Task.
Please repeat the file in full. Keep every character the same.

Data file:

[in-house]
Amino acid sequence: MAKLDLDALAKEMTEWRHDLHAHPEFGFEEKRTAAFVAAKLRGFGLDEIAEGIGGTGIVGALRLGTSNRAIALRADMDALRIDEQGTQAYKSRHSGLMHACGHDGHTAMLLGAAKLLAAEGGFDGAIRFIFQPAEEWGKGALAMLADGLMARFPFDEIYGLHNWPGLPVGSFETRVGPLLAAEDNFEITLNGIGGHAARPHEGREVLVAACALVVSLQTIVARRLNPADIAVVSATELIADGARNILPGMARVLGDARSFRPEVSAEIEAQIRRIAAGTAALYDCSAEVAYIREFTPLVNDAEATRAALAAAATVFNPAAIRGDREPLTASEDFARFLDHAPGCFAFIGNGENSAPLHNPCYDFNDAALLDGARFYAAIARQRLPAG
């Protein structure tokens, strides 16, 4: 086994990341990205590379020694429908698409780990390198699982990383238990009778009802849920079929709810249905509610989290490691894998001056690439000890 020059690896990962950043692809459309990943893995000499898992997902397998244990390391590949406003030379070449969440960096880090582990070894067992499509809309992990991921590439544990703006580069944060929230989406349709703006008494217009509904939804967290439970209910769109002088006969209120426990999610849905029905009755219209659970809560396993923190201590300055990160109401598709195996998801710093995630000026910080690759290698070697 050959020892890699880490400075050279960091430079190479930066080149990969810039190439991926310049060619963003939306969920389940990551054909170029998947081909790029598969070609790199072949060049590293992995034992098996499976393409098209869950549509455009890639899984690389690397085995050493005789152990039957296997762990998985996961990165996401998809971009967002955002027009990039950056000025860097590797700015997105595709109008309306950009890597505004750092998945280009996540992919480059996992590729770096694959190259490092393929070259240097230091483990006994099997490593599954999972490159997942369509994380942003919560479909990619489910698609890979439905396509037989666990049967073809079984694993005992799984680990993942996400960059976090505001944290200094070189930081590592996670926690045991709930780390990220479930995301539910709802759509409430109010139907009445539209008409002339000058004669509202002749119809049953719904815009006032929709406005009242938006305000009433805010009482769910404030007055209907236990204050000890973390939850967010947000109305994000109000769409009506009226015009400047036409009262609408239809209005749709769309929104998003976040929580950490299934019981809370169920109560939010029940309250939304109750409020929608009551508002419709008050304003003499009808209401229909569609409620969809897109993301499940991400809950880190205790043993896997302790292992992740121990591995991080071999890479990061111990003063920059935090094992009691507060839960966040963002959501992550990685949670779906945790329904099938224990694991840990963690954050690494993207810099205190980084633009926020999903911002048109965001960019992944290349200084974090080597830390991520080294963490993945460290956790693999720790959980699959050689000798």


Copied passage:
[in-house]
Amino acid sequence: MAKLDLDALAKEMTEWRHDLHAHPEFGFEEKRTAAFVAAKLRGFGLDEIAEGIGGTGIVGALRLGTSNRAIALRADMDALRIDEQGTQAYKSRHSGLMHACGHDGHTAMLLGAAKLLAAEGGFDGAIRFIFQPAEEWGKGALAMLADGLMARFPFDEIYGLHNWPGLPVGSFETRVGPLLAAEDNFEITLNGIGGHAARPHEGREVLVAACALVVSLQTIVARRLNPADIAVVSATELIADGARNILPGMARVLGDARSFRPEVSAEIEAQIRRIAAGTAALYDCSAEVAYIREFTPLVNDAEATRAALAAAATVFNPAAIRGDREPLTASEDFARFLDHAPGCFAFIGNGENSAPLHNPCYDFNDAALLDGARFYAAIARQRLPAG
């Protein structure tokens, strides 16, 4: 086994990341990205590379020694429908698409780990390198699982990383238990009778009802849920079929709810249905509610989290490691894998001056690439000890 020059690896990962950043692809459309990943893995000499898992997902397998244990390391590949406003030379070449969440960096880090582990070894067992499509809309992990991921590439544990703006580069944060929230989406349709703006008494217009509904939804967290439970209910769109002088006969209120426990999610849905029905009755219209659970809560396993923190201590300055990160109401598709195996998801710093995630000026910080690759290698070697 050959020892890699880490400075050279960091430079190479930066080149990969810039190439991926310049060619963003939306969920389940990551054909170029998947081909790029598969070609790199072949060049590293992995034992098996499976393409098209869950549509455009890639899984690389690397085995050493005789152990039957296997762990998985996961990165996401998809971009967002955002027009990039950056000025860097590797700015997105595709109008309306950009890597505004750092998945280009996540992919480059996992590729770096694959190259490092393929070259240097230091483990006994099997490593599954999972490159997942369509994380942003919560479909990619489910698609890979439905396509037989666990049967073809079984694993005992799984680990993942996400960059976090505001944290200094070189930081590592996670926690045991709930780390990220479930995301539910709802759509409430109010139907009445539209008409002339000058004669509202002749119809049953719904815009006032929709406005009242938006305000009433805010009482769910404030007055209907236990204050000890973390939850967010947000109305994000109000769409009506009226015009400047036409009262609408239809209005749709769309929104998003976040929580950490299934019981809370169920109560939010029940309250939304109750409020929608009551508002419709008050304003003499009808209401229909569609409620969809897109993301499940991400809950880190205790043993896997302790292992992740121990591995991080071999890479990061111990003063920059935090094992009691507060839960966040963002959501992550990685949670779906945790329904099938224990694991840990963690954050690494993207810099205190980084633009926020999903911002048109965001960019992944290349200084974090080597830390991520080294963490993945460290956790693999720790959980699959050689000798």